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by him, and I dare to call upon him to raise the dead. Go, therefore, woman, and have your son brought here and have him raised.” And the woman made her way through the multitude, ran into the street with great joy, and believed with her heart; coming to the house she made her slaves carry him and came back to the forum. And she told the young men to cover their heads and go before the bier and carry everything that she intended to spend on the body of her son in front of the bier, so that Pe­ ter, seeing this, might have pity on the body and on her. With them all as mourners she came to the assembly, fol­ lowed by a multitude of senators and la­ dies who came to see God’s wonderful deeds. And Nicostratus (the man who had died) was very noble and respected in the senate. They brought him and placed him before Peter. And Peter asked them to be silent and said with a very loud voice, “Romans, let a righteous judgment now take place between me and Simon, and judge which of us believes in the living God, he or I. Let him revive the body which is before us, and believe in him as an angel of God. If he is not able I will call upon my God. I will re­ store the son alive to his mother and then you shall believe that he is a sorcerer and deceiver, this man who enjoys your hos­ pitality.” When they heard this, it seemed right to them what Peter had said. They encouraged Simon saying, “Show your­ self publicly what you can do; either you convince us or you shall be convicted. Why do you stand still? Commence.” When Simon perceived that they all pushed him, he stood in silence. When the people had become quiet and were looking at him, Simon cried out and said, “Romans, when you see that the dead man is raised, will you cast Peter out of the city?” And the whole multitude said, “We shall not only cast him out but also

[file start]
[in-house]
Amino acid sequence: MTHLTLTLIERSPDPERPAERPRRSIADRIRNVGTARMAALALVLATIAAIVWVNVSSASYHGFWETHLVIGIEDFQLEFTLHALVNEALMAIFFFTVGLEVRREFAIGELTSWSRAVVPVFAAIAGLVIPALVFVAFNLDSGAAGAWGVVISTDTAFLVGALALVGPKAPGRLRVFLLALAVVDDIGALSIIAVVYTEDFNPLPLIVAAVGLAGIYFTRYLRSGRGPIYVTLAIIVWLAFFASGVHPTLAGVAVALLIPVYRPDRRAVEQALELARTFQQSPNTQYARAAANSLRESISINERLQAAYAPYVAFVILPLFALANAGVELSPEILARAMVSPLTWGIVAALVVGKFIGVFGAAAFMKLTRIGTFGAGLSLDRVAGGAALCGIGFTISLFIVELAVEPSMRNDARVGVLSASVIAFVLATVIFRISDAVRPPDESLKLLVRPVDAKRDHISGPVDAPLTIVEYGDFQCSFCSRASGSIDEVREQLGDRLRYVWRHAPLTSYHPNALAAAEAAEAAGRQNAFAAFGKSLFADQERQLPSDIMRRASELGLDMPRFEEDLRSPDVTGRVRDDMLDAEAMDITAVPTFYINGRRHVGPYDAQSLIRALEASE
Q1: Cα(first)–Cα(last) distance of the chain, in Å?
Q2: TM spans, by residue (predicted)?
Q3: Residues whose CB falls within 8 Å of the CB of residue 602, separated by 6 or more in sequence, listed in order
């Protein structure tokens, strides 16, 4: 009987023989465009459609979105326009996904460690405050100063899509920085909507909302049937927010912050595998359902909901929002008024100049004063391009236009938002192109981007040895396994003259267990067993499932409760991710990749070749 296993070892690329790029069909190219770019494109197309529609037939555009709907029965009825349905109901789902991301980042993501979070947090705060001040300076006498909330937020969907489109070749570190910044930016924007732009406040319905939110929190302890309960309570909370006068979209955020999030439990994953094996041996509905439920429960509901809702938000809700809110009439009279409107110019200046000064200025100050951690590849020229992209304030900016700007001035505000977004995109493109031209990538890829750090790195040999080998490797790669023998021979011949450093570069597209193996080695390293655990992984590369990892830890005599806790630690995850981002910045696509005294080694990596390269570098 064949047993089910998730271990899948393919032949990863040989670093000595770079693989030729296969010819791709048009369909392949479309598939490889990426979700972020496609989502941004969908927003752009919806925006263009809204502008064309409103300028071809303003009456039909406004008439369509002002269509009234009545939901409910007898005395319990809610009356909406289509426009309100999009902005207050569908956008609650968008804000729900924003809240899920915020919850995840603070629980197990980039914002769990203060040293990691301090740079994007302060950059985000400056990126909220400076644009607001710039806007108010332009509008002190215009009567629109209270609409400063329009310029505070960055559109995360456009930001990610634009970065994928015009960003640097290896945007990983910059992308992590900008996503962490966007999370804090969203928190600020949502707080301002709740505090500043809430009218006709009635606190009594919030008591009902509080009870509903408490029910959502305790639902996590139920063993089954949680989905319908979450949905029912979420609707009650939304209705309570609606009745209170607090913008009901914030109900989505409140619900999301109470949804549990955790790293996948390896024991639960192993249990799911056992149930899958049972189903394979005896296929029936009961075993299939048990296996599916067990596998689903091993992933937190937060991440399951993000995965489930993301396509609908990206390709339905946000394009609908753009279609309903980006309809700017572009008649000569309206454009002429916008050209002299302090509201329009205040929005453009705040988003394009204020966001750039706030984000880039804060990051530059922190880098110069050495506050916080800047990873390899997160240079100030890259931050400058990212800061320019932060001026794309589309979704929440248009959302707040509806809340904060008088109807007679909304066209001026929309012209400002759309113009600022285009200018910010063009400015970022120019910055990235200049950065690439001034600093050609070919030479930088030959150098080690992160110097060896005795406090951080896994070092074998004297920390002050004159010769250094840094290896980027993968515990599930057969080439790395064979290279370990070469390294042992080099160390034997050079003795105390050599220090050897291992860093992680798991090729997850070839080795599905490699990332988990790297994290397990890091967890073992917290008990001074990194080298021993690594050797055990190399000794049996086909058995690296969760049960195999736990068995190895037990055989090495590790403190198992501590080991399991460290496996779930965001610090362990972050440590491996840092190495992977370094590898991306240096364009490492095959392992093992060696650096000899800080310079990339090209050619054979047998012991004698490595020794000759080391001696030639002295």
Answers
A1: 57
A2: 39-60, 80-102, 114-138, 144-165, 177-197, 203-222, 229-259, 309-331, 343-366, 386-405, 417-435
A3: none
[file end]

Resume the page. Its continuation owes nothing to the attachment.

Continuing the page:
burn him at once.” Simon came to the head of the dead man, bowed three times, and he showed the people how the dead man had lifted up his head and moved it, and opened his eyes and lightly bowed to Simon. And immediately they began to gather wood to burn Peter. But Peter, having received the power of Christ, lifted up his voice and said to those who were shouting against him, “Now I see, Romans, that I must not call you foolish and silly so long as your eyes and your ears and your senses are blinded. So long as your mind is darkened you do not perceive that you are bewitched, since you seemingly believe that a dead man rose who has not risen. I would have been content, Romans, to keep silent and to die in silence and to leave you among the illusions of this world. But the punish­ ment of the unquenchable fire is before my eyes. If you agree, let the dead man speak, let him rise; if he is alive, let him untie the band from his chin, let him call his mother and say to you, ‘Bawlers, why are you crying?’ Let him beckon to you with his hand. If, therefore, you wish to see that he is dead and you are spell­ bound, let this man step back from the bier, this one who persuaded you to with­ draw from Christ, and you shall see the dead man as you saw him when you brought him in.” And the prefect Agrippa could no longer restrain himself but rose and with his own hand pushed Simon away. And the dead man looked as he had before. And the people were enraged and, converted from the magical spell of Simon, began to cry, “Hear, O Caesar, should the dead not rise let Simon be burned instead of Peter, because he has really deceived us.” But Peter stretched forth his hand and said, “Romans, be patient. I do not say that Simon should be burned if the boy is restored; it is only when I tell you to do it, that you will.” And the people cried, “Even if you

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